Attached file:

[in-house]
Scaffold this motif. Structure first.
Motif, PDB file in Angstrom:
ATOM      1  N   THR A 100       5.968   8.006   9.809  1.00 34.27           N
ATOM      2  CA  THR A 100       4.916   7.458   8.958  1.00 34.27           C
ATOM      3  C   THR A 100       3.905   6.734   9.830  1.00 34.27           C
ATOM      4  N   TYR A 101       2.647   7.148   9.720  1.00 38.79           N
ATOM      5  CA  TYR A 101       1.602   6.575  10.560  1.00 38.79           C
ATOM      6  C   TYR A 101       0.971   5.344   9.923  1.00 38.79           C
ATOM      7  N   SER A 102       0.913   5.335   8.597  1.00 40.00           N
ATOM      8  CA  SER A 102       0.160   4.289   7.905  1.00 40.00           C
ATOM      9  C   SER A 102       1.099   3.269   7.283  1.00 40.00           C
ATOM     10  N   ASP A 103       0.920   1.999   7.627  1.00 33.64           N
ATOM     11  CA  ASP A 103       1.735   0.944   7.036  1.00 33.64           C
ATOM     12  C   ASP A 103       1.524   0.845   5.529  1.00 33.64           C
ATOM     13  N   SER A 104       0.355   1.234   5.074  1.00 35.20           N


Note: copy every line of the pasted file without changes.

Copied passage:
[in-house]
Scaffold this motif. Structure first.
Motif, PDB file in Angstrom:
ATOM      1  N   THR A 100       5.968   8.006   9.809  1.00 34.27           N
ATOM      2  CA  THR A 100       4.916   7.458   8.958  1.00 34.27           C
ATOM      3  C   THR A 100       3.905   6.734   9.830  1.00 34.27           C
ATOM      4  N   TYR A 101       2.647   7.148   9.720  1.00 38.79           N
ATOM      5  CA  TYR A 101       1.602   6.575  10.560  1.00 38.79           C
ATOM      6  C   TYR A 101       0.971   5.344   9.923  1.00 38.79           C
ATOM      7  N   SER A 102       0.913   5.335   8.597  1.00 40.00           N
ATOM      8  CA  SER A 102       0.160   4.289   7.905  1.00 40.00           C
ATOM      9  C   SER A 102       1.099   3.269   7.283  1.00 40.00           C
ATOM     10  N   ASP A 103       0.920   1.999   7.627  1.00 33.64           N
ATOM     11  CA  ASP A 103       1.735   0.944   7.036  1.00 33.64           C
ATOM     12  C   ASP A 103       1.524   0.845   5.529  1.00 33.64           C
ATOM     13  N   SER A 104       0.355   1.234   5.074  1.00 35.20           N